Martin Simpson True Stories
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- by Martin Simpson ~ Purpose + Grace ~ $19.50
- Released: October 6, 2009
- Originally Released: 2009
- Label: Compass Records
Song previews provided courtesy of iTunes
Personnel: Martin Simpson (vocals, acoustic guitar, electric guitar, baritone guitar, dobro, percussion); Kellie While, Muireann Nic Amhlaoibh (vocals); B.J. Cole (pedal steel guitar); Nigel Eaton (hurdy-gurdy); Jon Boden (fiddle); Phil Selway, Keith Angel (drums, percussion).
Audio Mixer: Andy Seward.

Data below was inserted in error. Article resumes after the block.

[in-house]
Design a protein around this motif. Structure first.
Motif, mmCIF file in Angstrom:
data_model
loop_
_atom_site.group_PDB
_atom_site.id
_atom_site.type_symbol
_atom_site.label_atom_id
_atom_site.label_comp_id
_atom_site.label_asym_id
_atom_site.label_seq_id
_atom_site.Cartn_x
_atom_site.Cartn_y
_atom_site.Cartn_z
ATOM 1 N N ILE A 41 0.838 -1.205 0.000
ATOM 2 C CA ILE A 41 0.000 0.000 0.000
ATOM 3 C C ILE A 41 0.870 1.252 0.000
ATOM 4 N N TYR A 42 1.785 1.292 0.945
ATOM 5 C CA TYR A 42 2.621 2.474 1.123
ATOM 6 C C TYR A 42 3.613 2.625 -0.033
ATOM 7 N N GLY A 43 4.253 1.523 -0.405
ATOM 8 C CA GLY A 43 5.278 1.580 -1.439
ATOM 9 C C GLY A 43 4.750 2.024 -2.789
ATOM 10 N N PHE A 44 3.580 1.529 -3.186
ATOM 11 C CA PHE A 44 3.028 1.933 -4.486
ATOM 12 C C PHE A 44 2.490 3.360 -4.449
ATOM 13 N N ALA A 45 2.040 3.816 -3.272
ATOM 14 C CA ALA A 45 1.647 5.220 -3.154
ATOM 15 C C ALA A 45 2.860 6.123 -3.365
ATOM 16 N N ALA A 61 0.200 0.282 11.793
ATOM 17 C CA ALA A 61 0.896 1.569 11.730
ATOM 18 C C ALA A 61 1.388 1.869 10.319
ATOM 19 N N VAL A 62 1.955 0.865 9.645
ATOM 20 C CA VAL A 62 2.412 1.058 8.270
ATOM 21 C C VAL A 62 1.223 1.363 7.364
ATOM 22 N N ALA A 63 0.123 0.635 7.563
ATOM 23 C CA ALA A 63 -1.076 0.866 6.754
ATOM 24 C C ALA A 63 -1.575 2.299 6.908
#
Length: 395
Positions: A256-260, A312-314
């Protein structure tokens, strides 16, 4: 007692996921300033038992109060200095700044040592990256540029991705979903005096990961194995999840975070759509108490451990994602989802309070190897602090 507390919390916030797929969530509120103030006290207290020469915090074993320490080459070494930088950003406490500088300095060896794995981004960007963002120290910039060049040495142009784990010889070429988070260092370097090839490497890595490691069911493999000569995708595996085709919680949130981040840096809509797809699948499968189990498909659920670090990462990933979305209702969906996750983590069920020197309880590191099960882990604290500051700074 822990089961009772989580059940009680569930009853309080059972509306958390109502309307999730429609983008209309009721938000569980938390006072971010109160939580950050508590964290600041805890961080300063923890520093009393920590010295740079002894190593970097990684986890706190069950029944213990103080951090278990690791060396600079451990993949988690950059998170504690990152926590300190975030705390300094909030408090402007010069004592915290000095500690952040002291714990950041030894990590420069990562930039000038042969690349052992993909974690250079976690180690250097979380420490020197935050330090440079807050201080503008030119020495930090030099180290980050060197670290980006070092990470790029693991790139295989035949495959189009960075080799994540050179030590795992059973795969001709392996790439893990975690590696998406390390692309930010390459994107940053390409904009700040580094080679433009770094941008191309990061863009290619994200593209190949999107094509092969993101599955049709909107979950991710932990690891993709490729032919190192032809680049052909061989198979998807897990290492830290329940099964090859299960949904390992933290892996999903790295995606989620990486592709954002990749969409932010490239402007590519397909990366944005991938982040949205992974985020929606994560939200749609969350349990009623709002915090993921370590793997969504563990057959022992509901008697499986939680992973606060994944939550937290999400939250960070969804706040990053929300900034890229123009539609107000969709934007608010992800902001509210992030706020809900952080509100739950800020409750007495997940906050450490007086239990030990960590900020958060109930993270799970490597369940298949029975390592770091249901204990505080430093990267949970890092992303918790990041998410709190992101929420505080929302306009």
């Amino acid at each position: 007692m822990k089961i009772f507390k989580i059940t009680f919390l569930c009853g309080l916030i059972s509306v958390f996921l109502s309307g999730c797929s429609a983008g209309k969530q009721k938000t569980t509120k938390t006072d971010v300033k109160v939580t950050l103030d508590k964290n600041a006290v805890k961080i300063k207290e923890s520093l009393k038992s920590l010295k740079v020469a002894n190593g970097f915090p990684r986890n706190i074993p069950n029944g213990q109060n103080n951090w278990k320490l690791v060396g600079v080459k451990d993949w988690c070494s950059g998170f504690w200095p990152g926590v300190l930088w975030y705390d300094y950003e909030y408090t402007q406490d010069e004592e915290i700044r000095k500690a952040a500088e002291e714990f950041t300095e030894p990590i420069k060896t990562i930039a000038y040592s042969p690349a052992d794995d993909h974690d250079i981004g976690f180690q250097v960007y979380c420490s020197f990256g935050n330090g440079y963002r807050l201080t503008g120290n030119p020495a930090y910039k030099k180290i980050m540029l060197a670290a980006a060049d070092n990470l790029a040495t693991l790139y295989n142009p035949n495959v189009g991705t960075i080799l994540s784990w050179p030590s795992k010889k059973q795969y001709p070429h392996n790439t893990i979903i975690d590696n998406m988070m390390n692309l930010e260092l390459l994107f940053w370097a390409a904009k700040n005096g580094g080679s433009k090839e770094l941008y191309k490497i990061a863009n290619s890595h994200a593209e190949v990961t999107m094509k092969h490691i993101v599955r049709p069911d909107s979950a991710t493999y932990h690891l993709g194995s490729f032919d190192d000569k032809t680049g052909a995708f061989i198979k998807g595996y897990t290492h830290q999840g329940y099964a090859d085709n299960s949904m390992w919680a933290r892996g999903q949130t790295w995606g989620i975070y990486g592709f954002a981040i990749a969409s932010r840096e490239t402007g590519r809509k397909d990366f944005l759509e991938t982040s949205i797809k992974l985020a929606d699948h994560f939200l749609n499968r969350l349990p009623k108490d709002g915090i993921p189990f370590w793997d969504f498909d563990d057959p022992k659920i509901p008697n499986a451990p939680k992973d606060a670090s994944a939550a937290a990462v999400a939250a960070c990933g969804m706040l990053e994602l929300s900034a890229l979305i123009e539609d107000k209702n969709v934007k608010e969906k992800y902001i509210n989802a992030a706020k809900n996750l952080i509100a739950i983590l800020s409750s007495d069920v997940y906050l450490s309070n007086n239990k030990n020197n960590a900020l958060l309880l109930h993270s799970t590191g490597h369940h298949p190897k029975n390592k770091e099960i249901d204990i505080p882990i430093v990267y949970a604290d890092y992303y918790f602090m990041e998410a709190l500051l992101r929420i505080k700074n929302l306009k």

British multi-instrumentalist Martin Simpson is still criminally unknown in America despite his 30-year career and dozens of excellent albums. He's equally at home with British and American traditional music, blending blues, folk, and Celtic music traditions in his work. True Stories is balanced between folk standards and new Simpson compositions with the spotlight on Simpson's impressive instrumental virtuosity and his inviting tenor vocals. Simpson's arrangement for "Look Up, Look Down" blends African, American, and Scottish traditions and incorporates themes and lyrics that are known as "500 Miles," "Lonesome Road," and other folk sources. His banjola, a banjo-mandolin hybrid, gives the tune a lonesome feeling that's as much old-time music as it is bluegrass, and the backing band includes Danny Thompson on bass and B.J. Cole on pedal steel. Simpson works his magic on "Stagolee" by returning the tale to its roots as a tale of murderous revenge. A funeral drumbeat supports Simpson's banjo and the wailing fiddle of Jon Boden while Simpson intones the tale with a subtle dramatic flair. "Sir Patrick Spense," a tale of death at sea, is one of the oldest British folk songs, a mournful, droning tale of tragedy. Simpson sings it simply and plays a guitar that tolls like a funeral bell while hurdy-gurdy and accordion provide a mournful atmosphere. Dylan used the beautiful melody of "The Wind and Rain" for "Percy's Song." Simpson sings it in its traditional form, a tale of jealousy and murder with a supernatural element as the body parts of a murdered woman are turned into a fiddle. Simpson closes his version with a solemn slide guitar solo full of affecting grace. Simpson's originals are steeped in traditional music and sound as timeless as the folk songs he sings. "One Day," a collaboration with guitarist Martin Taylor, laments the death of a child. Simpson's somber guitar and Thompson's restrained bass add to the song's gravitas. "Swooping Molly" is a Celtic-flavored instrumental piece that shows off Simpson's understated fingerpicking virtuosity with slurred notes and chiming pull-offs. ~ J. Poet
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